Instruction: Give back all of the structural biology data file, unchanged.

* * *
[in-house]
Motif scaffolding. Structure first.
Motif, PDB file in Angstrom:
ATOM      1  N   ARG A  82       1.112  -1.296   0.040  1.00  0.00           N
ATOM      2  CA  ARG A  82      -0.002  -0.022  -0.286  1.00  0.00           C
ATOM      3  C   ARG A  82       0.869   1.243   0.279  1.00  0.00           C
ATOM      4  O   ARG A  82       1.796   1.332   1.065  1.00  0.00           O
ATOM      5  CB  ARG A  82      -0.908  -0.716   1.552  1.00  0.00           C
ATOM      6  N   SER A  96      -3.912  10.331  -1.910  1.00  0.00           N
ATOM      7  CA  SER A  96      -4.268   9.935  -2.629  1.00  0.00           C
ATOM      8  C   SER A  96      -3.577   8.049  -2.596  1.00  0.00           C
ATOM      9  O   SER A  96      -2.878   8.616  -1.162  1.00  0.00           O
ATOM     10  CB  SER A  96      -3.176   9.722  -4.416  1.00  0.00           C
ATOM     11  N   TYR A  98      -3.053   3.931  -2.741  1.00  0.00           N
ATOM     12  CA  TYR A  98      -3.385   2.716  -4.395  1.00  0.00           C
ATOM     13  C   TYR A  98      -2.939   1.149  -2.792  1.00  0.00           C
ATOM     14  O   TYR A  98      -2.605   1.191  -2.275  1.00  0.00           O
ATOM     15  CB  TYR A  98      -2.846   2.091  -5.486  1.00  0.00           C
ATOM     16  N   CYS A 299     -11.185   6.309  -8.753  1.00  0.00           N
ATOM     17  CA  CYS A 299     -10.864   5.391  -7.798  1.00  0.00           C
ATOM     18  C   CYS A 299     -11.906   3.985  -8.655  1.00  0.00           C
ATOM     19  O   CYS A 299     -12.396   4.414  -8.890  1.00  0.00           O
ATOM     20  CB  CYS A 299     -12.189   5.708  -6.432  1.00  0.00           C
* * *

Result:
[in-house]
Motif scaffolding. Structure first.
Motif, PDB file in Angstrom:
ATOM      1  N   ARG A  82       1.112  -1.296   0.040  1.00  0.00           N
ATOM      2  CA  ARG A  82      -0.002  -0.022  -0.286  1.00  0.00           C
ATOM      3  C   ARG A  82       0.869   1.243   0.279  1.00  0.00           C
ATOM      4  O   ARG A  82       1.796   1.332   1.065  1.00  0.00           O
ATOM      5  CB  ARG A  82      -0.908  -0.716   1.552  1.00  0.00           C
ATOM      6  N   SER A  96      -3.912  10.331  -1.910  1.00  0.00           N
ATOM      7  CA  SER A  96      -4.268   9.935  -2.629  1.00  0.00           C
ATOM      8  C   SER A  96      -3.577   8.049  -2.596  1.00  0.00           C
ATOM      9  O   SER A  96      -2.878   8.616  -1.162  1.00  0.00           O
ATOM     10  CB  SER A  96      -3.176   9.722  -4.416  1.00  0.00           C
ATOM     11  N   TYR A  98      -3.053   3.931  -2.741  1.00  0.00           N
ATOM     12  CA  TYR A  98      -3.385   2.716  -4.395  1.00  0.00           C
ATOM     13  C   TYR A  98      -2.939   1.149  -2.792  1.00  0.00           C
ATOM     14  O   TYR A  98      -2.605   1.191  -2.275  1.00  0.00           O
ATOM     15  CB  TYR A  98      -2.846   2.091  -5.486  1.00  0.00           C
ATOM     16  N   CYS A 299     -11.185   6.309  -8.753  1.00  0.00           N
ATOM     17  CA  CYS A 299     -10.864   5.391  -7.798  1.00  0.00           C
ATOM     18  C   CYS A 299     -11.906   3.985  -8.655  1.00  0.00           C
ATOM     19  O   CYS A 299     -12.396   4.414  -8.890  1.00  0.00           O
ATOM     20  CB  CYS A 299     -12.189   5.708  -6.432  1.00  0.00           C